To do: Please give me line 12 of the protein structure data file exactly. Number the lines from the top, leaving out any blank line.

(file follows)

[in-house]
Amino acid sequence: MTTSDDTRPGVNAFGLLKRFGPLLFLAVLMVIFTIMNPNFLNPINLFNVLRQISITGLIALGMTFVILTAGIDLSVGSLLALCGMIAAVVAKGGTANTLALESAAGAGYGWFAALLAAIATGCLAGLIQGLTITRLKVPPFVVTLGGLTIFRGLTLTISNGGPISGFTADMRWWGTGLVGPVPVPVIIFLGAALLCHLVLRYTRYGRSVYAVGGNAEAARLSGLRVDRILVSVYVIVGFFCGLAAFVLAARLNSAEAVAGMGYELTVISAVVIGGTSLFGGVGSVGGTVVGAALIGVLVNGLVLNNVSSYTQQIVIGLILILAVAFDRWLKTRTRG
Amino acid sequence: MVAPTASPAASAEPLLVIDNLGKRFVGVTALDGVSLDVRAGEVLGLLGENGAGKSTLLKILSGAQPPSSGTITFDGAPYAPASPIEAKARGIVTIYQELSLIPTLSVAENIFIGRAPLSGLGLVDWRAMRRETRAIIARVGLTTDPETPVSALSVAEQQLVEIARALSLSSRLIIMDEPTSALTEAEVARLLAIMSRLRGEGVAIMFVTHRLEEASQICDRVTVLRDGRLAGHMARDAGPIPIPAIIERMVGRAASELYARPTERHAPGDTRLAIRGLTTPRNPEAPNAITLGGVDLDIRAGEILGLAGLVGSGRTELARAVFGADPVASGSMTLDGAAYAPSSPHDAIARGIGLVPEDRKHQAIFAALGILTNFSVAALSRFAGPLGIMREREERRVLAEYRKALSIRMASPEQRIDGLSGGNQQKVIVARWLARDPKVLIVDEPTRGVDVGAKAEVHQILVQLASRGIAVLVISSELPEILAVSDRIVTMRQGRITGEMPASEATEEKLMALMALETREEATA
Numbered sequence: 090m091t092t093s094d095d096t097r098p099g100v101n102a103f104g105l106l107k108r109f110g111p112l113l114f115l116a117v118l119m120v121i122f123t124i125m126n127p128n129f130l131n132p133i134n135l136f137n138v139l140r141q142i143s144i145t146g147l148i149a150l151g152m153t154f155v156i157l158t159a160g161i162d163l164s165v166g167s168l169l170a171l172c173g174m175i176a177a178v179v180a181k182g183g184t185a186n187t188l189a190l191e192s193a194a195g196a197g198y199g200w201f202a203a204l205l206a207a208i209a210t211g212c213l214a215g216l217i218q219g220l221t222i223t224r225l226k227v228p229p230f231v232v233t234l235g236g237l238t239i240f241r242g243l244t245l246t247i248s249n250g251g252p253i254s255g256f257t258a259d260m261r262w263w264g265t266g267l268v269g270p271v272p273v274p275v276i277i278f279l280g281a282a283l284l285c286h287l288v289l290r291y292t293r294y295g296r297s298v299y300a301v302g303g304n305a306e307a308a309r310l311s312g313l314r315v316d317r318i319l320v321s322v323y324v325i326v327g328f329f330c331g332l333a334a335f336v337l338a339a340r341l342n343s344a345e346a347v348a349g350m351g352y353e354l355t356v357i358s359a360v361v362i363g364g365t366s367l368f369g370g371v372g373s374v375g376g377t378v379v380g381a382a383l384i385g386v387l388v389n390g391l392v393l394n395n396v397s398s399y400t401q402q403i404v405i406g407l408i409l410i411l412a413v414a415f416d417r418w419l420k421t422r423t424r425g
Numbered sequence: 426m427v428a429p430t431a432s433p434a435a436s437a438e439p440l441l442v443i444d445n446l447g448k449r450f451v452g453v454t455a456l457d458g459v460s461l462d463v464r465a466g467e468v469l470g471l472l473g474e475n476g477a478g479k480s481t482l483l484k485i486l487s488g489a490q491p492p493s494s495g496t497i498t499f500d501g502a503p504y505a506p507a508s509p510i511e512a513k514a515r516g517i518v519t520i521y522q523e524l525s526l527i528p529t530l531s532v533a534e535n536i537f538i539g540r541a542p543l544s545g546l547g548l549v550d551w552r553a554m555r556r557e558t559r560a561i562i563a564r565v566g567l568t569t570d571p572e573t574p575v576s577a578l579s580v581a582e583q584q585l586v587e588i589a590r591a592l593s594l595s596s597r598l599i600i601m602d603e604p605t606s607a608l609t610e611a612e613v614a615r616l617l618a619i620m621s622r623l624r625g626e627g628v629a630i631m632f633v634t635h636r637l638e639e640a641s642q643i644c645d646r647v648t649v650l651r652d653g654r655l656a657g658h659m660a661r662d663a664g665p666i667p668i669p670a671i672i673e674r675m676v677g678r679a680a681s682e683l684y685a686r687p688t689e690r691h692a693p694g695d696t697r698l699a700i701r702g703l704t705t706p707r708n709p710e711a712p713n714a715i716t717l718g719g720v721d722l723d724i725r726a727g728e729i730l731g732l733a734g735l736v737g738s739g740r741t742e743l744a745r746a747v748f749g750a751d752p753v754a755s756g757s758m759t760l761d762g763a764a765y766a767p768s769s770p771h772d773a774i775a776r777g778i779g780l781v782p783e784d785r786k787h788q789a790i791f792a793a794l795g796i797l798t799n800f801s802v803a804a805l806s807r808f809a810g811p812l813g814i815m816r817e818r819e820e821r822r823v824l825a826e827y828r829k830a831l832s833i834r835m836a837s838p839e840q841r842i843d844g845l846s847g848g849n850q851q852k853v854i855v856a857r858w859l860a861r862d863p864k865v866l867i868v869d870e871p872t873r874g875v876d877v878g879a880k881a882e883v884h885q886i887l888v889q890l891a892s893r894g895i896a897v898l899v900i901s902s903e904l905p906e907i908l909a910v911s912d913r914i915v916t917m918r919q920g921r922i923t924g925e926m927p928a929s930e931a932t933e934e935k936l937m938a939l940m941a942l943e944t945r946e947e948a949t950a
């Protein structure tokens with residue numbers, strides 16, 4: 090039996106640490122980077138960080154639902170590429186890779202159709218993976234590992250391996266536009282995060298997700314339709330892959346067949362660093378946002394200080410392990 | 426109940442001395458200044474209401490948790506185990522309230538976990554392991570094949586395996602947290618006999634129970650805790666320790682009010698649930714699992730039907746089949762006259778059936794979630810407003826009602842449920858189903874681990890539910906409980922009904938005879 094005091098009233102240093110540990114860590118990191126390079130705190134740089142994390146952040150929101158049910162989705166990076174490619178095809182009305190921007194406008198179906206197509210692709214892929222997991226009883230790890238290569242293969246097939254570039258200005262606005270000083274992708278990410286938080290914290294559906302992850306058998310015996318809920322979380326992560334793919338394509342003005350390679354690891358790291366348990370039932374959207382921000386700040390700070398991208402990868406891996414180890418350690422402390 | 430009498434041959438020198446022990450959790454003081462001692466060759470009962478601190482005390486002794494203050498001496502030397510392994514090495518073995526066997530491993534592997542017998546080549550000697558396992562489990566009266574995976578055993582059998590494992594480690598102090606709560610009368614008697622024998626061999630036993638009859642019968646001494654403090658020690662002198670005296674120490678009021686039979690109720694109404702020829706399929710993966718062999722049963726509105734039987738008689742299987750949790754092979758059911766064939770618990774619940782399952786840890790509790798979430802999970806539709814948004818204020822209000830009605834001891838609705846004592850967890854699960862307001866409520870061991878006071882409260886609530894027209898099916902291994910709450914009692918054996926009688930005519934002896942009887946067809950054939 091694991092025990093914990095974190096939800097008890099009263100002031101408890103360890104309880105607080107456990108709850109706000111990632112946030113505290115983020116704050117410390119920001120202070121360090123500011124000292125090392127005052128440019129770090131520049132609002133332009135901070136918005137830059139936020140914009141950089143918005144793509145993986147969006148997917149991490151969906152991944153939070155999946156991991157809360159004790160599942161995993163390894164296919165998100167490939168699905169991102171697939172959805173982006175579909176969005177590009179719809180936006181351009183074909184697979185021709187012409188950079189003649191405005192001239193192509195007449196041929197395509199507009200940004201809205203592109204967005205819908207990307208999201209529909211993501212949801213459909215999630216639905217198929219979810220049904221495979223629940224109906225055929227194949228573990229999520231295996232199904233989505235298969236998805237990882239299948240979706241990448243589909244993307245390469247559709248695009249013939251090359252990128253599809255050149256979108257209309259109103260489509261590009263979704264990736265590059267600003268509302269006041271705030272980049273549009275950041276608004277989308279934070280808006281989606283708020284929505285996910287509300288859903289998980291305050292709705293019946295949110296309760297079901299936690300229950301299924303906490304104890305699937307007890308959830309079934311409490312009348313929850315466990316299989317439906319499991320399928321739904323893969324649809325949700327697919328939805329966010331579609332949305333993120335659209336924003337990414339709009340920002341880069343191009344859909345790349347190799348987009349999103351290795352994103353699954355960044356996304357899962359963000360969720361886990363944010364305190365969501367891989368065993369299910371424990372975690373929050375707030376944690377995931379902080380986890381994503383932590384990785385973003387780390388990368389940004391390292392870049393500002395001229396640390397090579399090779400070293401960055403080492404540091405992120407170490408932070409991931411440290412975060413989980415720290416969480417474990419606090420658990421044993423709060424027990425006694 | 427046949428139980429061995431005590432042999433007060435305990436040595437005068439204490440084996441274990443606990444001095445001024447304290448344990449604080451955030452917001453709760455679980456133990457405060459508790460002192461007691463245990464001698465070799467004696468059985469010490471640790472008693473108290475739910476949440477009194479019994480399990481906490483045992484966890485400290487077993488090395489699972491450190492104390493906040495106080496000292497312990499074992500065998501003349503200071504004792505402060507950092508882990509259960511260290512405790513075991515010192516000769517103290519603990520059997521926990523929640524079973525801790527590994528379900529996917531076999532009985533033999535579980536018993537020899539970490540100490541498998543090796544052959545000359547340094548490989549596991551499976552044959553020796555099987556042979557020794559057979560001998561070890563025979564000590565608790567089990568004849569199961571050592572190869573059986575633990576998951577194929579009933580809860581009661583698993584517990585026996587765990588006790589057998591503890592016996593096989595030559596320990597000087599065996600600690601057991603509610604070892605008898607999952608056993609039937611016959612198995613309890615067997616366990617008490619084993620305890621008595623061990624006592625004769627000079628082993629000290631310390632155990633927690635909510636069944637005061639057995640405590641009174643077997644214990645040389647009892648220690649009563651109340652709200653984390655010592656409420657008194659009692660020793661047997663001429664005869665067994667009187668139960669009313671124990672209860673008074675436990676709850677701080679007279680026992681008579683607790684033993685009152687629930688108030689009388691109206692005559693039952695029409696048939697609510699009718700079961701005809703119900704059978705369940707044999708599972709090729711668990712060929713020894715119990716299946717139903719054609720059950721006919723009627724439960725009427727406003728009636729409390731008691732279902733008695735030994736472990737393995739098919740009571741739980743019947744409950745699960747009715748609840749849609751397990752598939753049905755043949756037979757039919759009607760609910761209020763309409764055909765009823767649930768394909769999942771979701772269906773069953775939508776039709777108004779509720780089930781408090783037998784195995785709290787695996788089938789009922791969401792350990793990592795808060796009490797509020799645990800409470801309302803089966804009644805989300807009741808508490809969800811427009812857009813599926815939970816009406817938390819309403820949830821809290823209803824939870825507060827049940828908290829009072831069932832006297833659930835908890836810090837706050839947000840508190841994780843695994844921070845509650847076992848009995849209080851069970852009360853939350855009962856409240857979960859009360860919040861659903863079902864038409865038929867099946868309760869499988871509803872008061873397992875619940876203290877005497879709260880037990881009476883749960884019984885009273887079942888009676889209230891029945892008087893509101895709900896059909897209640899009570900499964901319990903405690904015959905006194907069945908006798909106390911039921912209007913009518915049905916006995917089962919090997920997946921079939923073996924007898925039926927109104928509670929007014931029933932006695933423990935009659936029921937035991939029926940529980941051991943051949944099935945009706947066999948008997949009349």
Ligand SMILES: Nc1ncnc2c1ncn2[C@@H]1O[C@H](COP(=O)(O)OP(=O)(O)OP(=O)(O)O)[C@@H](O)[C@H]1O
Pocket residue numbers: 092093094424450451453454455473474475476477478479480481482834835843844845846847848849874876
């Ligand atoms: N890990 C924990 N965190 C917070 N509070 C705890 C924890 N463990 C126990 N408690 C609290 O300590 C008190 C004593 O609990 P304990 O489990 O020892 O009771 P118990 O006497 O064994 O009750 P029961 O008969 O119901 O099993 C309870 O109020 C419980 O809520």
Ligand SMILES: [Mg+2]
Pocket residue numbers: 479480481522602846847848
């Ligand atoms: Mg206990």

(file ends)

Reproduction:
């Ligand atoms: Mg206990």